Thursday, November 29, 2012

The Power of Positive Thinking

This weekend I think I will see a Purple Sandpiper.

The time will be right (late November), the place will be right (the Niagara River), and I received a very positive indication from a fortune cookie today.

Yes, I think it will be a good weekend for birds.

Thursday, November 22, 2012

Scoter Time

Hannah & I were in Hamilton last Saturday, birding along the lakeshore with Kevin McLaughlin. We made a number of the regular stops; Hutch's, Gray's Road, Sayer's Park, Green Road, Fifty Point. We saw the typical birds for mid-November; Red-throated Loon, Long-tailed Ducks, Common Goldeneye, all three Scoters. A first-year male King Eider was a highlight.

Most of the ducks were too far offshore for good photographs, but two birds at Sayer's Park were nice and close. One was an adult female White-winged Scoter, and the other a juvenile Surf Scoter.

White-winged Scoter

Surf Scoter

I thought the above photographs made for a nice comparison. The White-winged Scoter is noticeably larger, with a round head and a gnarly bill shape, while the Surf Scoter is smaller with a flat head and a shorter, more uniform bill shape. The adult males are unmistakable but the juveniles and females require a bit more study. The Surf Scoter shown above has the dark iris and pale lower breast/belly of a juvenile.

White-winged Scoter is one of those birds that has a palearctic population that is sometimes considered a distinct species, and sometimes considered a different subspecies. Either way, I like their name for it better than ours: "Velvet Scoter".

Thursday, November 15, 2012

Harlequin Duck

I was at a meeting on Monday near Mavis Rd. and the QEW in Mississauga. This happens to be not far away from Arkendo Park in Oakville where two or three Harlequin Ducks have been seen regularly since Luc Fazio reported them on November 4th.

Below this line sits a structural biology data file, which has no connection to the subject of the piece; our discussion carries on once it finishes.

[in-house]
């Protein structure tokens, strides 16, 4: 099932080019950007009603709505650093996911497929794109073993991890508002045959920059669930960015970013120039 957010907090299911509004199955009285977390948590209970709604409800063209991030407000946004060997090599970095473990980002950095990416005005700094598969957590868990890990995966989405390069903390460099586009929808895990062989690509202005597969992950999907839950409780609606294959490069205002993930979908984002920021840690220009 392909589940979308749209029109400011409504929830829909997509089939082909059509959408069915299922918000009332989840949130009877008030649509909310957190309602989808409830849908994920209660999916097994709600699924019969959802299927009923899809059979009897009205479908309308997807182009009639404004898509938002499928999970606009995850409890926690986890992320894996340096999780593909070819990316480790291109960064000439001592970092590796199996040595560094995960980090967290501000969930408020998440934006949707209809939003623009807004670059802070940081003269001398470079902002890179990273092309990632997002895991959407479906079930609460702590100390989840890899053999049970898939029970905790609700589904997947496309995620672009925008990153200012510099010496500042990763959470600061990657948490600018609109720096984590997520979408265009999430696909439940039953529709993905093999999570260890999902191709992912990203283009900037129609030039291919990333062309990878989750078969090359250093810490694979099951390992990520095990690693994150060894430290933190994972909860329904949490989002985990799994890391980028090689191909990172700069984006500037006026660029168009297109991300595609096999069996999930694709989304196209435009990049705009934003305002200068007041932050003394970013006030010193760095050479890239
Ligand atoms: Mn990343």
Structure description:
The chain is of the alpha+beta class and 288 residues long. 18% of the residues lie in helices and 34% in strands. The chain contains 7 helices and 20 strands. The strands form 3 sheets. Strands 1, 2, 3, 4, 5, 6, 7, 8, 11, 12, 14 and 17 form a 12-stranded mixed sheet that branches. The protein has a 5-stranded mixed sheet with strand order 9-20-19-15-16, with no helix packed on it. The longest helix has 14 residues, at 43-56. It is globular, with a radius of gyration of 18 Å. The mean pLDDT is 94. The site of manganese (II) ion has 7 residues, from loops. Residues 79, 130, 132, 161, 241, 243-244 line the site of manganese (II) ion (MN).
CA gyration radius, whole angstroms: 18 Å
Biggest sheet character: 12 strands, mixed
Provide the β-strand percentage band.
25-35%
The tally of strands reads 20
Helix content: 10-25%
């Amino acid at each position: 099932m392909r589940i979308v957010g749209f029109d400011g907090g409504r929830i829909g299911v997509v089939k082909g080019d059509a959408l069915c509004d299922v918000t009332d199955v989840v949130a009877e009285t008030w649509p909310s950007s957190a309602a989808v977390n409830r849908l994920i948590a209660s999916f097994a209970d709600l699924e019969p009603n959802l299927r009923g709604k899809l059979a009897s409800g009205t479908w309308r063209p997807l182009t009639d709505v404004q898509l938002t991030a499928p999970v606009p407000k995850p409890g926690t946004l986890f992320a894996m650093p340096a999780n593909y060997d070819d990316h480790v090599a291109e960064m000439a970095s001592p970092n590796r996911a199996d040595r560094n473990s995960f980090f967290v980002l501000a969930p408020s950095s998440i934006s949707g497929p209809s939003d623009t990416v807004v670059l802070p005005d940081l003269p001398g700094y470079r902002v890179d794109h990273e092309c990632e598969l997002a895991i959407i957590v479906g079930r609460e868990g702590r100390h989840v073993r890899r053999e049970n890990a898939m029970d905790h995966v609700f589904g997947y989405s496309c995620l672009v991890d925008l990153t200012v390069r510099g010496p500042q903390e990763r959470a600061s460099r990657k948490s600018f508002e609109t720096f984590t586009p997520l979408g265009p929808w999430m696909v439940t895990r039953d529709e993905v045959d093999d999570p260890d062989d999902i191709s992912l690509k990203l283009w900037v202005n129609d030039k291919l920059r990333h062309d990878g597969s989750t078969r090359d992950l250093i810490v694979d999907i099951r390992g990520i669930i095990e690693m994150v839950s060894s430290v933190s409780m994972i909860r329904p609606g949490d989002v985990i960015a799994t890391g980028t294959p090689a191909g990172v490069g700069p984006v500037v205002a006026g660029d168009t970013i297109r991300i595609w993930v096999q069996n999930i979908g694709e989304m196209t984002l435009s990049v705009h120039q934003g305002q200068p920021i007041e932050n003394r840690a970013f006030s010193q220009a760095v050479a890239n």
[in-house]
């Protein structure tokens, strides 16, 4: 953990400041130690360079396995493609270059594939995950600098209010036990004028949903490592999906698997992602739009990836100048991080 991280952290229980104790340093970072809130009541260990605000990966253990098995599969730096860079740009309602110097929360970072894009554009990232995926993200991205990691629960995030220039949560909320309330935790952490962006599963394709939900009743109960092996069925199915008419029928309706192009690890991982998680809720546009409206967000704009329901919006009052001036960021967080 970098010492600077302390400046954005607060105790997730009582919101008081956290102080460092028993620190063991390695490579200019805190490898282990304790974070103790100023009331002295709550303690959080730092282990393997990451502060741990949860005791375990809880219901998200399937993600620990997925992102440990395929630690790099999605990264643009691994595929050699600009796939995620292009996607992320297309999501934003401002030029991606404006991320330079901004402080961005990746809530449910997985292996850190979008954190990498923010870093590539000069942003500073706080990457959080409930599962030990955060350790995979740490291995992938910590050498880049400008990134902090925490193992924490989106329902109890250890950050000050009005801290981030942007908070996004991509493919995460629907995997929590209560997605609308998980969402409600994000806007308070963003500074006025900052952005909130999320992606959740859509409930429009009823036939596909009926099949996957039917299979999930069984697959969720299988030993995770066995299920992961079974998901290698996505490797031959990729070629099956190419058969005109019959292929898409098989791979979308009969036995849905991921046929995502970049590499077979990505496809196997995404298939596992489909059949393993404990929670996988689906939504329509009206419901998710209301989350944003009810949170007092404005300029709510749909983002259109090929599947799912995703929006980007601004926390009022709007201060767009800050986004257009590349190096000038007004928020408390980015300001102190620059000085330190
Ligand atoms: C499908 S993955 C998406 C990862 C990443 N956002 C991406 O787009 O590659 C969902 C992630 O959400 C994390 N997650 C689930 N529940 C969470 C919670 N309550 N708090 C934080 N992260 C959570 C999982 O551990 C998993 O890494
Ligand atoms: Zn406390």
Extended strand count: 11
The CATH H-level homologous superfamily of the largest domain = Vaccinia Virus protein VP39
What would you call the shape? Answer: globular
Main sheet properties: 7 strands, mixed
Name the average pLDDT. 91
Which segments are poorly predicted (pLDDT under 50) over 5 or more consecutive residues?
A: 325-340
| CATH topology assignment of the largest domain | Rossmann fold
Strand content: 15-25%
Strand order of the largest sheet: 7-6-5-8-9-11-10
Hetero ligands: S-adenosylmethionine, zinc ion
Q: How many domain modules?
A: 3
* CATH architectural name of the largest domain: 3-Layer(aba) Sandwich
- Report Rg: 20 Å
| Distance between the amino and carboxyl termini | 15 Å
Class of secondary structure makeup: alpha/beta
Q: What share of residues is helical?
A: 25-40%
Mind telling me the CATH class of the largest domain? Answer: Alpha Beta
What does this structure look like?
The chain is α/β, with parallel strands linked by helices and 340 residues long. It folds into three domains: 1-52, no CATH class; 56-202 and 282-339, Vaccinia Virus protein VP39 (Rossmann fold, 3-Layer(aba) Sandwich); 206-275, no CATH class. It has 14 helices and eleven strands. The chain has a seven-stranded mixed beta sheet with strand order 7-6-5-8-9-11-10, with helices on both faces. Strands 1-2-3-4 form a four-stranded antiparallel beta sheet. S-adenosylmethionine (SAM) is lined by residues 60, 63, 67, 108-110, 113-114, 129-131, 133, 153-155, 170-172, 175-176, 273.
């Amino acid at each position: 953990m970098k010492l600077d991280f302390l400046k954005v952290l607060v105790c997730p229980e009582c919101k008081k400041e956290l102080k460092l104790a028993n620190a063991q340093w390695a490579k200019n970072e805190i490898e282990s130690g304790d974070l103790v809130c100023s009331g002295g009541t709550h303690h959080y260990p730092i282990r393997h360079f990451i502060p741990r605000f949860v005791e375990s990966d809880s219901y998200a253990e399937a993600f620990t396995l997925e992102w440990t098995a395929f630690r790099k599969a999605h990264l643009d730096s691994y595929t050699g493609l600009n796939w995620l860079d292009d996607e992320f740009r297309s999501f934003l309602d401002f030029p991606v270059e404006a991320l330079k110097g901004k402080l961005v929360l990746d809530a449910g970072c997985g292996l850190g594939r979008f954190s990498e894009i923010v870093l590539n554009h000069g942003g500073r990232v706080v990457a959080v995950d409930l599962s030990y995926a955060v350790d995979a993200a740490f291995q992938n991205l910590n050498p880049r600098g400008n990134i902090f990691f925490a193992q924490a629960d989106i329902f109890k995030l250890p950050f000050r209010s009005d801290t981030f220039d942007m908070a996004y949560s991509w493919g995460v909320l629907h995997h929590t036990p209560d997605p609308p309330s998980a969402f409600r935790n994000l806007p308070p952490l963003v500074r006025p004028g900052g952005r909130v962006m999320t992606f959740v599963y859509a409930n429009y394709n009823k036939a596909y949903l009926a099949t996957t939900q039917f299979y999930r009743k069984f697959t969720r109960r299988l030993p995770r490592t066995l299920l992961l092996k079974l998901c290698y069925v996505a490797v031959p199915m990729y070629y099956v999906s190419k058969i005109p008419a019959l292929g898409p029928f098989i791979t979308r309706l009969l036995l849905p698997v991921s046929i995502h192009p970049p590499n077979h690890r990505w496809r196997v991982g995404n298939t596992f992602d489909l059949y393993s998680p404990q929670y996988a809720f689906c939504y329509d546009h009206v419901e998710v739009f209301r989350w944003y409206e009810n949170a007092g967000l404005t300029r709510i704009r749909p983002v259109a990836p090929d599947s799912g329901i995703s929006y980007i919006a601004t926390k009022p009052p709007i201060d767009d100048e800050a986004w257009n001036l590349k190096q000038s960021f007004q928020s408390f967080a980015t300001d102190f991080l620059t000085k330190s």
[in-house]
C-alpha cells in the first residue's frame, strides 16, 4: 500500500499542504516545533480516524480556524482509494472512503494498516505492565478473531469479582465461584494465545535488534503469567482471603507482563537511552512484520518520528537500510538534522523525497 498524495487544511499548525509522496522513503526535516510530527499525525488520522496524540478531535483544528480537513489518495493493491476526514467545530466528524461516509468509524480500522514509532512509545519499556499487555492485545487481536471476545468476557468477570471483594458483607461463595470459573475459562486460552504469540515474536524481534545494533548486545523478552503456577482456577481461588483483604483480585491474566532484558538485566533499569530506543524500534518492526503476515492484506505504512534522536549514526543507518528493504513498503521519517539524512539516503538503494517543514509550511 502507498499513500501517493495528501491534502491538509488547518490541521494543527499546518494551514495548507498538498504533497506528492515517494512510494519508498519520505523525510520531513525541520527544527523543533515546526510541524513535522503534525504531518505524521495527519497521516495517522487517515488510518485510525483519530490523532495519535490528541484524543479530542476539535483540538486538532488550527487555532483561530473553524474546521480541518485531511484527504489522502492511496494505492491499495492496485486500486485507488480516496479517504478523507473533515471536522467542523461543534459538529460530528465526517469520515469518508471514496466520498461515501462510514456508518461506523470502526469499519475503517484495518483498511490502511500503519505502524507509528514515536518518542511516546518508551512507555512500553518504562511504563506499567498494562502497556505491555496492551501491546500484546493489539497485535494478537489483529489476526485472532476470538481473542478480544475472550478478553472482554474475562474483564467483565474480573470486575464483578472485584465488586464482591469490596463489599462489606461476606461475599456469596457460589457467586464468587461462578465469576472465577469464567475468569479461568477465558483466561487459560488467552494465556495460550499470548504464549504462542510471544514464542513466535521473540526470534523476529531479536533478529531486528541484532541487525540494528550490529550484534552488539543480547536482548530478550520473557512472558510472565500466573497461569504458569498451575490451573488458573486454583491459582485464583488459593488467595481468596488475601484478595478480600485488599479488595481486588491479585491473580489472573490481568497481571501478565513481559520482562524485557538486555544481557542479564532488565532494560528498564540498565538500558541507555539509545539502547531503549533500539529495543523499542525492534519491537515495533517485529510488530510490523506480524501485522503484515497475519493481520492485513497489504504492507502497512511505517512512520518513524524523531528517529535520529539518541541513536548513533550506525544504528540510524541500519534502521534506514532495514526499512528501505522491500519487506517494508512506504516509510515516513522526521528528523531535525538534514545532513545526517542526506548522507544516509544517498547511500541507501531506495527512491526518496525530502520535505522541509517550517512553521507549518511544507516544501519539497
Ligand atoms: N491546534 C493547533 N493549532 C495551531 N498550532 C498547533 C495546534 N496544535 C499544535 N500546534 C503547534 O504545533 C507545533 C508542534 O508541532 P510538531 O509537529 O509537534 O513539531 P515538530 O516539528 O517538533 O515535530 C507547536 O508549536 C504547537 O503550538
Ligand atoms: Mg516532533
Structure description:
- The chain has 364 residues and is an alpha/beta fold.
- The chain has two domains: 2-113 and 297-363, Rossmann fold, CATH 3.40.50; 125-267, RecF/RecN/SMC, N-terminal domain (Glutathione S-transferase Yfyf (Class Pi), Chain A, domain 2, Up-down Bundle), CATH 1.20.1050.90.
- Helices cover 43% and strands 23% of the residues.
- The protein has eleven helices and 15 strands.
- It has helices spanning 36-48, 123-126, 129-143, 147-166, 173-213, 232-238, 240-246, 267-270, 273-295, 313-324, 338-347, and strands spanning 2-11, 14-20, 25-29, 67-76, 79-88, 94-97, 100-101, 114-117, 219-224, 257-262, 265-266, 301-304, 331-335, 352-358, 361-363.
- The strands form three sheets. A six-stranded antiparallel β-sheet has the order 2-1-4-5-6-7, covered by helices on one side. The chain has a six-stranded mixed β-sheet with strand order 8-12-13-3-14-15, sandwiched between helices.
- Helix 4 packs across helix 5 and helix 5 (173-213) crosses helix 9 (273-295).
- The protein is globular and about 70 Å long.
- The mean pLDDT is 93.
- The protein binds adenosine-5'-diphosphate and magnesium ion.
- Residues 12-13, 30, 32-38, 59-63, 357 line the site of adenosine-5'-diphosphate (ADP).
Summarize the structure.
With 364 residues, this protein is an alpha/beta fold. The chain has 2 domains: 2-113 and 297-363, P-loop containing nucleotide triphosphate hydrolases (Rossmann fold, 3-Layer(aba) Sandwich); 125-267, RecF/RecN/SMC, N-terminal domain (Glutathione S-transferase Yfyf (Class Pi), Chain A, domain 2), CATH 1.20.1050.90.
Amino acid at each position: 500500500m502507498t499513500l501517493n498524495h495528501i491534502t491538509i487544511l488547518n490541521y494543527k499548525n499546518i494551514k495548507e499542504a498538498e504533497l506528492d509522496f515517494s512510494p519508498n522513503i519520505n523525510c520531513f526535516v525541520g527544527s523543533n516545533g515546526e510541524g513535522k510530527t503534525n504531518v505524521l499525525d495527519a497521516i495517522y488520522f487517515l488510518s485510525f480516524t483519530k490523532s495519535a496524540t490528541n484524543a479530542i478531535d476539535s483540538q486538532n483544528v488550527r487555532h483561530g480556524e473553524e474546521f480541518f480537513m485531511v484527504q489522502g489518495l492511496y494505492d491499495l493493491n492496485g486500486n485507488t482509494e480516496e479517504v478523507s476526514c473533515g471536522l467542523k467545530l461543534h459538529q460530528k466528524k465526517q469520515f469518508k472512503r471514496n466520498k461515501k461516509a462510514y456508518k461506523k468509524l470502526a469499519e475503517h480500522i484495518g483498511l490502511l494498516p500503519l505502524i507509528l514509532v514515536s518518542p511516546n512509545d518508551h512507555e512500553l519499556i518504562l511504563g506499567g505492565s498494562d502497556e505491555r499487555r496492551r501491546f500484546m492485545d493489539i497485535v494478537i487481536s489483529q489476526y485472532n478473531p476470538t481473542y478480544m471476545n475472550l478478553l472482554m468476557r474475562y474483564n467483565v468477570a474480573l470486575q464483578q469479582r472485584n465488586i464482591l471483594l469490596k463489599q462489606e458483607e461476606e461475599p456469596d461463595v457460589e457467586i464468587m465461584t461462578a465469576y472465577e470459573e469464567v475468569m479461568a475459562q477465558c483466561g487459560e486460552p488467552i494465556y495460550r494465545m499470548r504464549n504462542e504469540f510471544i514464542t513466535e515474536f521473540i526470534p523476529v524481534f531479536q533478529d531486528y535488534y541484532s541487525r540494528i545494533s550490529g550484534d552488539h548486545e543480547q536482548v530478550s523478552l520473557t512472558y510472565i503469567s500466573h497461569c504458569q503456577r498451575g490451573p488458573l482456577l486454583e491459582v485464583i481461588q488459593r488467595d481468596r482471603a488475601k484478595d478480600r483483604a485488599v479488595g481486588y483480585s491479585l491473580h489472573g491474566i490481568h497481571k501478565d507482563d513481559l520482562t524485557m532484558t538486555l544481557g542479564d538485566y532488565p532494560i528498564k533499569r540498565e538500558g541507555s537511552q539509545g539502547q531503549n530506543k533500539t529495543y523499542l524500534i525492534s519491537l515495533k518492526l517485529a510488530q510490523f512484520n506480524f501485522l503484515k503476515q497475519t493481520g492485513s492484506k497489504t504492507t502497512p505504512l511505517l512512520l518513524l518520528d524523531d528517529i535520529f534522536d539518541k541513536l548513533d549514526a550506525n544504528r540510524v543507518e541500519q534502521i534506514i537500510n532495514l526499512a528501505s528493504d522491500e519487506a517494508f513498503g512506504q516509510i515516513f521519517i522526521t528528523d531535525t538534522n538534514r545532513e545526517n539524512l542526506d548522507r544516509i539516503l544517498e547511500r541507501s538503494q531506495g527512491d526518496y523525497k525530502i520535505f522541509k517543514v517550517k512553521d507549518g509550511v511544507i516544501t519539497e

So after my meeting adjourned, I dropped by Arkedo Park, and in the company of some fellow onlookers I got some fine views of the adult male and lesser quality views of one of the "female" type birds. I put the female in quotes because of a recent article I read in Birding magazine that leads me to believe that first year male Harlequin Ducks might retain a female-like appearance into November. Still, I'll go along with the diagnosis that the bird was a female.

I have only ever seen Harlequin Ducks on large bodies of water, and although I have no complaints about that, I do sometimes wish I could see them in the swiftly flowing rivers and streams where they breed. Broadly speaking there are two populations of Harlequin Duck; a west coast population and an east coast population that breeds in Labrador. Presumably the ones that appear on the Great Lakes in fall and winter are of the eastern population.

Tuesday, November 13, 2012

"White-cheeked" Geese

Having seen a Cackling Goose in Burlington with Hannah and Cathy this past Saturday, it reminded me of something: in the uncertain realm of taxonomy, there is perhaps no greater conundrum than the "White-cheeked" Geese.

"White-cheeked" Geese
(Canada Goose & Cackling Goose)

Since 2004, the AOU has formally recognized two species of "White-cheeked" Goose (Canada Goose and Cackling Goose) and the research cited in support of that decision recognized 11 extant subspecies (7 for Canada Goose and 4 for Cackling Goose). However, according to more recent publications, the 2 species/11 taxa approach vastly underrepresents the amount of variety within this population complex. Compare, for example, the approach of H.C. Hanson (2006) which recognizes 6 species and 217 subspecies! Consider also the approach of B.W. Anderson (2010) which recognizes 15 species and 181 subspecies!! It is research like this that leads to misgivings about the essentialist/typological assumptions embedded within birding culture.

Tuesday, November 6, 2012

Bills, Bills, Bills

There are a lot of Bills associated with the Hamilton Fall Count. Bill Lamond is the master compiler for the entire count, Bill Wilson is the compiler for the Cambridge Sector of the count, and Bill Read is my count partner. I had an overdose of Bills on Sunday.

Golden Eagle

Bill and I had fun driving around our count area and getting out periodically to see what could be found. Three Golden Eagles were a highlight (two juveniles/sub-adults & one adult). I think Bill's favourite bird was a Common Loon seen swimming in a pond on the west side of Hwy 24 just south of German School Rd. He did look kind of odd there (the Loon).